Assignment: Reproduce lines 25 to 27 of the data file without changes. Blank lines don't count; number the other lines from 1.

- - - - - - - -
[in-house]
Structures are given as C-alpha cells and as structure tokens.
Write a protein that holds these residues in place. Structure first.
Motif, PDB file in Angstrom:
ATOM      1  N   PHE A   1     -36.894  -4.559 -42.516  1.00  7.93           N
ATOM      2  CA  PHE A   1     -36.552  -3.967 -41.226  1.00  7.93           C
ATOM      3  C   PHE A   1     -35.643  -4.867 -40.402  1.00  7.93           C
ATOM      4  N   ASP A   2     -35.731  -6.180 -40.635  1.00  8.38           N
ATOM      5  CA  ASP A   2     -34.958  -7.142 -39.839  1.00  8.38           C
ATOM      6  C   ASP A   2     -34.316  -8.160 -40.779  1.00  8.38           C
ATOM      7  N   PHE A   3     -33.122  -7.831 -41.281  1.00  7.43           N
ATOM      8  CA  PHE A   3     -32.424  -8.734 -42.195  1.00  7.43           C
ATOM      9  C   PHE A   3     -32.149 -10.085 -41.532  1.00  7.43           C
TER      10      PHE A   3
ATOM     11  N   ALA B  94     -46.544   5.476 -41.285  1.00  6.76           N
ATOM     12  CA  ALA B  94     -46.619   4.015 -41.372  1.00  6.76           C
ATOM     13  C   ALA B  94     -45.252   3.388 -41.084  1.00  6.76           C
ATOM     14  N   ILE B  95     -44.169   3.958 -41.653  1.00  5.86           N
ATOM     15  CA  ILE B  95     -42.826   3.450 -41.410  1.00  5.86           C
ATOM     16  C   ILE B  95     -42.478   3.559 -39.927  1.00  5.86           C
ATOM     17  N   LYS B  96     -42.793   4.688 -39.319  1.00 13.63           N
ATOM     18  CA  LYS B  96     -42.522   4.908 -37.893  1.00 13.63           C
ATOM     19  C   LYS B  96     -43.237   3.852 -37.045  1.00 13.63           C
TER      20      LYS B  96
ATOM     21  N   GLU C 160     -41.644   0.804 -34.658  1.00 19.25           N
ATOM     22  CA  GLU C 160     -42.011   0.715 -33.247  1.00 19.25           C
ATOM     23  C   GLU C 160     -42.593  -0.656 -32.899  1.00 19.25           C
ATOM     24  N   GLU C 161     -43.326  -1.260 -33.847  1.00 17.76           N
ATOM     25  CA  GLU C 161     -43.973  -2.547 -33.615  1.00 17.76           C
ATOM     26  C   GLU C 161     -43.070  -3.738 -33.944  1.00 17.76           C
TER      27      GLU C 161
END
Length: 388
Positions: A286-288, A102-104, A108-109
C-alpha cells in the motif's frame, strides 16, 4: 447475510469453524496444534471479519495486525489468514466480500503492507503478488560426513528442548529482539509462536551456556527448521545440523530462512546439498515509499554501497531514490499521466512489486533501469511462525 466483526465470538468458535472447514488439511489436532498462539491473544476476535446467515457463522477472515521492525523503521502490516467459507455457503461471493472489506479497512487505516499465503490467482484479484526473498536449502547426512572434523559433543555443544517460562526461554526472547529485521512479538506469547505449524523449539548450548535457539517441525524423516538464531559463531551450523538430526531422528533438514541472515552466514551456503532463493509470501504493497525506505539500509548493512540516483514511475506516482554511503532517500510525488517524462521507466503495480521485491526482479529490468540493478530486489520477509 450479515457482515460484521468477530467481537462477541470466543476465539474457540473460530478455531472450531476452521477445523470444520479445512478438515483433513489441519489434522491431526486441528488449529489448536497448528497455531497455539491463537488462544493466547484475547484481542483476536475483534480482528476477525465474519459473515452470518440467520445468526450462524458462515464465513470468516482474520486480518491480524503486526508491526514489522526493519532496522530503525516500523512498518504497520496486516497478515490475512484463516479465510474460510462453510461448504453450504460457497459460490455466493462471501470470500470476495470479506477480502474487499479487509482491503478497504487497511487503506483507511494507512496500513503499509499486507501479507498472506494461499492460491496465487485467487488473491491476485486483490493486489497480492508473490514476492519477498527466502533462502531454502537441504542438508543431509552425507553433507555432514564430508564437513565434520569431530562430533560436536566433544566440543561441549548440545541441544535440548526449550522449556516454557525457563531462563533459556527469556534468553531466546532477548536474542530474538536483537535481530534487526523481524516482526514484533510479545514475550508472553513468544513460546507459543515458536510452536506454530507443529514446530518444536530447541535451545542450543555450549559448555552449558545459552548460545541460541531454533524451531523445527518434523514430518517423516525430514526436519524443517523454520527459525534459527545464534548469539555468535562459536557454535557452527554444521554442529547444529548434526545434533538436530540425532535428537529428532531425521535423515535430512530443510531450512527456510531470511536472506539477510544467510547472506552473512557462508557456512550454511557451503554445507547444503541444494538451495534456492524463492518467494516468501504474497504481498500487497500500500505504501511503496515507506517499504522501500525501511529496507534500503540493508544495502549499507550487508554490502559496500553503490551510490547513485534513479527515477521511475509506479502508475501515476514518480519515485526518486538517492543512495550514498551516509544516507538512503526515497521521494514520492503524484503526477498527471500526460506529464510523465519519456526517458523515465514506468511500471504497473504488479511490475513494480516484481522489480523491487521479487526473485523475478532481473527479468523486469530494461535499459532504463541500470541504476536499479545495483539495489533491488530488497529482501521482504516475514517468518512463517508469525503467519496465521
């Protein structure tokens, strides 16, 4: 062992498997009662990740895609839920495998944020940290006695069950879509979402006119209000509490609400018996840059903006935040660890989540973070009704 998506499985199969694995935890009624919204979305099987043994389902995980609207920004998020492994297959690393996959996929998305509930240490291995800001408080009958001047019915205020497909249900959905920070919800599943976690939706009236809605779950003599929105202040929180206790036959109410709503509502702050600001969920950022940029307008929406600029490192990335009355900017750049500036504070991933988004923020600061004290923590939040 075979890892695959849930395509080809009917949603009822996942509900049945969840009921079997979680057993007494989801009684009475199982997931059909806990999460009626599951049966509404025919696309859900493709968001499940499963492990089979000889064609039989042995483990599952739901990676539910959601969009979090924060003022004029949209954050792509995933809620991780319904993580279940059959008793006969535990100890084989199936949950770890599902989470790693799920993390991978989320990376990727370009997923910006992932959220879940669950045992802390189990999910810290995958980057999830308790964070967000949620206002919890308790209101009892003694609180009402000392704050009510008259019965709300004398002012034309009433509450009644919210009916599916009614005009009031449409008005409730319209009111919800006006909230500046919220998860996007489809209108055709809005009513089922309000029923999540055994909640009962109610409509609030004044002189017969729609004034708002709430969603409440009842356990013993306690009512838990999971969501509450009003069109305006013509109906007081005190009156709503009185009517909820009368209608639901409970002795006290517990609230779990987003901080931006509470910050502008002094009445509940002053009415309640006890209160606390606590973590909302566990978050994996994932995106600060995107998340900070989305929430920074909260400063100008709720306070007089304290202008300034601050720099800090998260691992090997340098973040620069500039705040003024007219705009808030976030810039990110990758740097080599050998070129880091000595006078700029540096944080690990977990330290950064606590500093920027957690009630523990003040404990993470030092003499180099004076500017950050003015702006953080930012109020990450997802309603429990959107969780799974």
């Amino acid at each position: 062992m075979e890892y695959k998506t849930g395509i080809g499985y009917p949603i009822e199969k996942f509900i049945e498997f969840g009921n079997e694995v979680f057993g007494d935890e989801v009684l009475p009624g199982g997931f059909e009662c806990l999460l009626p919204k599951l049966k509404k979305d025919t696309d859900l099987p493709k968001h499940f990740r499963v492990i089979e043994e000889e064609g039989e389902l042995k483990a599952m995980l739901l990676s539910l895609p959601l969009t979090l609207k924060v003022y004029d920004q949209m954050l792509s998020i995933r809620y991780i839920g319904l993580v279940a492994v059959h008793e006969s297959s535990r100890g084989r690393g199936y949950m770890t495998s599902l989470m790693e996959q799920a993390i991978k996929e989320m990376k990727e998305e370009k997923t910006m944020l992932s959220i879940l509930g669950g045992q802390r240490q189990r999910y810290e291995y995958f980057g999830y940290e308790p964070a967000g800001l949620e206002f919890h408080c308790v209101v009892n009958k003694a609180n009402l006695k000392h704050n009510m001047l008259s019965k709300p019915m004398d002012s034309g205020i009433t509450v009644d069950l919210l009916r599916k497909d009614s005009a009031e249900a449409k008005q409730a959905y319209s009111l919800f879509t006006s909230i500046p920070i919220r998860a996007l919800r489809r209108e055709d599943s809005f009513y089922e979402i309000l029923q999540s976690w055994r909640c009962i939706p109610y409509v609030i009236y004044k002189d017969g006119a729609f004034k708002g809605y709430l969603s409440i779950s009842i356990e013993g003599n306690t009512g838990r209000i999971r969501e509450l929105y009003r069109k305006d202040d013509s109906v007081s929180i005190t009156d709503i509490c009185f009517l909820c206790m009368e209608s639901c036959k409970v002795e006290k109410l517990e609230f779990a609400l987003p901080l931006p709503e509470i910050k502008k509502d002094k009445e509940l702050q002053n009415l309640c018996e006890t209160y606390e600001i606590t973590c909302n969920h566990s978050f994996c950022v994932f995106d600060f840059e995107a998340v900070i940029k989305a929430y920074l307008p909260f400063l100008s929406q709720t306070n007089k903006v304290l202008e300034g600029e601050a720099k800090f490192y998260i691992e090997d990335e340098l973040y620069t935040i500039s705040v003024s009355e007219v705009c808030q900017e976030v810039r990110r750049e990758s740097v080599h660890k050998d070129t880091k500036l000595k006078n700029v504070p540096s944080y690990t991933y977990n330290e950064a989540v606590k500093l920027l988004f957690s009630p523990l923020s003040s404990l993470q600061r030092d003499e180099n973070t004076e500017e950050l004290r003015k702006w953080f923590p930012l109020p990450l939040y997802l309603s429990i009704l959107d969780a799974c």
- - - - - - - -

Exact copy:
ATOM     21  N   GLU C 160     -41.644   0.804 -34.658  1.00 19.25           N
ATOM     22  CA  GLU C 160     -42.011   0.715 -33.247  1.00 19.25           C
ATOM     23  C   GLU C 160     -42.593  -0.656 -32.899  1.00 19.25           C